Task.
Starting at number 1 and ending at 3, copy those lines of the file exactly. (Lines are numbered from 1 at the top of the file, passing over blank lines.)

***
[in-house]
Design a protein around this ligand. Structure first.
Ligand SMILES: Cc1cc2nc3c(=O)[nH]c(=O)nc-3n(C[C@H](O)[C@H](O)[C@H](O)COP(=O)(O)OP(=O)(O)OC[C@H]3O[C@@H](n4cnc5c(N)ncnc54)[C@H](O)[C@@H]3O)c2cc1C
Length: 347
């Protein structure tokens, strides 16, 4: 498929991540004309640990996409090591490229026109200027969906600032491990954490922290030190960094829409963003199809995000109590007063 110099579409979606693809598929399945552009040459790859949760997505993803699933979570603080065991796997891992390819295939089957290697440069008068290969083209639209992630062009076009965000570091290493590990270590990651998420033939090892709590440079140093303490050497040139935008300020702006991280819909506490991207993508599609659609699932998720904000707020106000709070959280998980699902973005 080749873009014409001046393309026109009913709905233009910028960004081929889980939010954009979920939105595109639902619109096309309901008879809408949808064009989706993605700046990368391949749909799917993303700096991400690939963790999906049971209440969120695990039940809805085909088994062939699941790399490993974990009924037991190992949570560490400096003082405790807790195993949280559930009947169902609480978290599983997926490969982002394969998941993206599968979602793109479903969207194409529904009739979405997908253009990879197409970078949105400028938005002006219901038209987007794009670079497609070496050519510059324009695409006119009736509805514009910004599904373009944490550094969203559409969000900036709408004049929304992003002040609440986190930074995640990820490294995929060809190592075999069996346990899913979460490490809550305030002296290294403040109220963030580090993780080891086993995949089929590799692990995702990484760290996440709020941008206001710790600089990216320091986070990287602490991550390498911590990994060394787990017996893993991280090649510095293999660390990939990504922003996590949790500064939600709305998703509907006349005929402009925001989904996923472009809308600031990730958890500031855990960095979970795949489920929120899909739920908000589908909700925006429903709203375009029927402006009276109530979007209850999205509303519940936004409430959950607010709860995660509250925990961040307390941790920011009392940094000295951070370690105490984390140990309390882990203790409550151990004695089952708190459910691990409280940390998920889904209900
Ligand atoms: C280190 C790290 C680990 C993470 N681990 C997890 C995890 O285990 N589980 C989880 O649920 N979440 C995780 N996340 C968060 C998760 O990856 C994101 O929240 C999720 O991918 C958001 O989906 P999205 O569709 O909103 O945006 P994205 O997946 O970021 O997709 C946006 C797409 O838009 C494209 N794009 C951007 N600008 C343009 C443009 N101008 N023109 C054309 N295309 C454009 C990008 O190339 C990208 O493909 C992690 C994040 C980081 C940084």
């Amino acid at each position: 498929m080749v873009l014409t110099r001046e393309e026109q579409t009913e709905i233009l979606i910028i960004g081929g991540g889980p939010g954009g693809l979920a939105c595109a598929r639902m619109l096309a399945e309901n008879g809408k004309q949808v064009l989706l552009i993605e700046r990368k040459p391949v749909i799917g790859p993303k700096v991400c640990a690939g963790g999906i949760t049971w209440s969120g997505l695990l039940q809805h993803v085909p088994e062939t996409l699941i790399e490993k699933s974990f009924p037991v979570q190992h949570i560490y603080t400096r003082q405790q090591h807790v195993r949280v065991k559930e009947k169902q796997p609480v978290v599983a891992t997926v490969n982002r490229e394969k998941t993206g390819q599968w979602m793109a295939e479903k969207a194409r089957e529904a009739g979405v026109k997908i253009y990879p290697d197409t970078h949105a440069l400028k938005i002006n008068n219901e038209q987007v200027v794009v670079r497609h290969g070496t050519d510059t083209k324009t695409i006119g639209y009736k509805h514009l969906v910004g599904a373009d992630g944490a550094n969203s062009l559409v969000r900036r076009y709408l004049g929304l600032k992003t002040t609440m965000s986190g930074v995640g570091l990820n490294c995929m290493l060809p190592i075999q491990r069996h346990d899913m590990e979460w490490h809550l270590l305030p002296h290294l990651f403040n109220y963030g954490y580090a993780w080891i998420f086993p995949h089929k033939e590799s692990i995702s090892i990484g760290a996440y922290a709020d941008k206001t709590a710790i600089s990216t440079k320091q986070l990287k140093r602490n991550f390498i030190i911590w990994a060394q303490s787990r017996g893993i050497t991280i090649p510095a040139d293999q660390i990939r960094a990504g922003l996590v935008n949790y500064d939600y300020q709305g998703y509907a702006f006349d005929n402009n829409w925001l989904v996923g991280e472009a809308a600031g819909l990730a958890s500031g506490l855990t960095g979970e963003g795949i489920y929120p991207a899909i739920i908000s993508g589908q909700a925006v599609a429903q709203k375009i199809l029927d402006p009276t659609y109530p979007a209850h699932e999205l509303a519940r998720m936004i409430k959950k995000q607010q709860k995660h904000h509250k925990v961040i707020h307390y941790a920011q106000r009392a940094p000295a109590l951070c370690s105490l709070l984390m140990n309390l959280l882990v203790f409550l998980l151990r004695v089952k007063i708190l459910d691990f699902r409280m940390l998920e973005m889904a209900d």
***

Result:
[in-house]
Design a protein around this ligand. Structure first.
Ligand SMILES: Cc1cc2nc3c(=O)[nH]c(=O)nc-3n(C[C@H](O)[C@H](O)[C@H](O)COP(=O)(O)OP(=O)(O)OC[C@H]3O[C@@H](n4cnc5c(N)ncnc54)[C@H](O)[C@@H]3O)c2cc1C